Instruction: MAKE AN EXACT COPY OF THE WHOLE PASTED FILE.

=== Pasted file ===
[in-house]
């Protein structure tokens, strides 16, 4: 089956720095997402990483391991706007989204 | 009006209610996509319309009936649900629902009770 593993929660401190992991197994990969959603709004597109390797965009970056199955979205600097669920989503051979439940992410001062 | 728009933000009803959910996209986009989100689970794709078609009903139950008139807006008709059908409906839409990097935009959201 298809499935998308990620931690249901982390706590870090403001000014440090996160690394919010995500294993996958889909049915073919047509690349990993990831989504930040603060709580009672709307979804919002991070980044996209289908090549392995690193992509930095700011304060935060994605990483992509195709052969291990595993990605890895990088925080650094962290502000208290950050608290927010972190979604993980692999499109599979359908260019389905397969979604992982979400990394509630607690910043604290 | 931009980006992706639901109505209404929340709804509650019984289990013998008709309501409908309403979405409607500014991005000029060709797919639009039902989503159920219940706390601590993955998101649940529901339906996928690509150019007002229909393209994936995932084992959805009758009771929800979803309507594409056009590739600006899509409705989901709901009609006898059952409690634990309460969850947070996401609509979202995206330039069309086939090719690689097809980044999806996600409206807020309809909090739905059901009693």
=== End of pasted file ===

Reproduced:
[in-house]
């Protein structure tokens, strides 16, 4: 089956720095997402990483391991706007989204 | 009006209610996509319309009936649900629902009770 593993929660401190992991197994990969959603709004597109390797965009970056199955979205600097669920989503051979439940992410001062 | 728009933000009803959910996209986009989100689970794709078609009903139950008139807006008709059908409906839409990097935009959201 298809499935998308990620931690249901982390706590870090403001000014440090996160690394919010995500294993996958889909049915073919047509690349990993990831989504930040603060709580009672709307979804919002991070980044996209289908090549392995690193992509930095700011304060935060994605990483992509195709052969291990595993990605890895990088925080650094962290502000208290950050608290927010972190979604993980692999499109599979359908260019389905397969979604992982979400990394509630607690910043604290 | 931009980006992706639901109505209404929340709804509650019984289990013998008709309501409908309403979405409607500014991005000029060709797919639009039902989503159920219940706390601590993955998101649940529901339906996928690509150019007002229909393209994936995932084992959805009758009771929800979803309507594409056009590739600006899509409705989901709901009609006898059952409690634990309460969850947070996401609509979202995206330039069309086939090719690689097809980044999806996600409206807020309809909090739905059901009693």